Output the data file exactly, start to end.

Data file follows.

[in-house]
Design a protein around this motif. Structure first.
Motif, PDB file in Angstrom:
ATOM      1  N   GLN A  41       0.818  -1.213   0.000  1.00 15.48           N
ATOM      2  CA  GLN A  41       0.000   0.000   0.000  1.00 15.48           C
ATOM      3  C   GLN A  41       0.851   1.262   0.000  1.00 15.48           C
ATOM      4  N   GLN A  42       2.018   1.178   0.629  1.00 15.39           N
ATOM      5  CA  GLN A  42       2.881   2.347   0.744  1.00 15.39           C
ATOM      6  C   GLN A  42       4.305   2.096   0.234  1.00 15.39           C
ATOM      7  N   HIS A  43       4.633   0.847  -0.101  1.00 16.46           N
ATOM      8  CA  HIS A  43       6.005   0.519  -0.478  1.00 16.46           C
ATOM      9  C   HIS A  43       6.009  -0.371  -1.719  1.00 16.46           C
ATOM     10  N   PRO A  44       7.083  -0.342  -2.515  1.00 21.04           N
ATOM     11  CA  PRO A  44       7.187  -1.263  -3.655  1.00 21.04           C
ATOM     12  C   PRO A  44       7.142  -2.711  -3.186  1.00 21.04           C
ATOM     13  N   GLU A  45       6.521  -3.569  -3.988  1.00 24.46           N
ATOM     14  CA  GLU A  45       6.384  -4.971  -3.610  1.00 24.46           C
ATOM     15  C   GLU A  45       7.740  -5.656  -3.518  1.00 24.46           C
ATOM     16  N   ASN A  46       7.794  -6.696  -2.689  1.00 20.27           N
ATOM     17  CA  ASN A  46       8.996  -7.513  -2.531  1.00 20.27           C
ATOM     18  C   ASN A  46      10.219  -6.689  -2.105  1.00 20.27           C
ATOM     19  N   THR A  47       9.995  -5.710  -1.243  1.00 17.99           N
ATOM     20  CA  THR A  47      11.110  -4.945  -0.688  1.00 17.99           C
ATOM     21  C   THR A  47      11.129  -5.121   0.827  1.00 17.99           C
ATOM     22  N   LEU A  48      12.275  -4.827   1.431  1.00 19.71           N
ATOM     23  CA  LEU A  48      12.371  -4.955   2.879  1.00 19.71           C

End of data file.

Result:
[in-house]
Design a protein around this motif. Structure first.
Motif, PDB file in Angstrom:
ATOM      1  N   GLN A  41       0.818  -1.213   0.000  1.00 15.48           N
ATOM      2  CA  GLN A  41       0.000   0.000   0.000  1.00 15.48           C
ATOM      3  C   GLN A  41       0.851   1.262   0.000  1.00 15.48           C
ATOM      4  N   GLN A  42       2.018   1.178   0.629  1.00 15.39           N
ATOM      5  CA  GLN A  42       2.881   2.347   0.744  1.00 15.39           C
ATOM      6  C   GLN A  42       4.305   2.096   0.234  1.00 15.39           C
ATOM      7  N   HIS A  43       4.633   0.847  -0.101  1.00 16.46           N
ATOM      8  CA  HIS A  43       6.005   0.519  -0.478  1.00 16.46           C
ATOM      9  C   HIS A  43       6.009  -0.371  -1.719  1.00 16.46           C
ATOM     10  N   PRO A  44       7.083  -0.342  -2.515  1.00 21.04           N
ATOM     11  CA  PRO A  44       7.187  -1.263  -3.655  1.00 21.04           C
ATOM     12  C   PRO A  44       7.142  -2.711  -3.186  1.00 21.04           C
ATOM     13  N   GLU A  45       6.521  -3.569  -3.988  1.00 24.46           N
ATOM     14  CA  GLU A  45       6.384  -4.971  -3.610  1.00 24.46           C
ATOM     15  C   GLU A  45       7.740  -5.656  -3.518  1.00 24.46           C
ATOM     16  N   ASN A  46       7.794  -6.696  -2.689  1.00 20.27           N
ATOM     17  CA  ASN A  46       8.996  -7.513  -2.531  1.00 20.27           C
ATOM     18  C   ASN A  46      10.219  -6.689  -2.105  1.00 20.27           C
ATOM     19  N   THR A  47       9.995  -5.710  -1.243  1.00 17.99           N
ATOM     20  CA  THR A  47      11.110  -4.945  -0.688  1.00 17.99           C
ATOM     21  C   THR A  47      11.129  -5.121   0.827  1.00 17.99           C
ATOM     22  N   LEU A  48      12.275  -4.827   1.431  1.00 19.71           N
ATOM     23  CA  LEU A  48      12.371  -4.955   2.879  1.00 19.71           C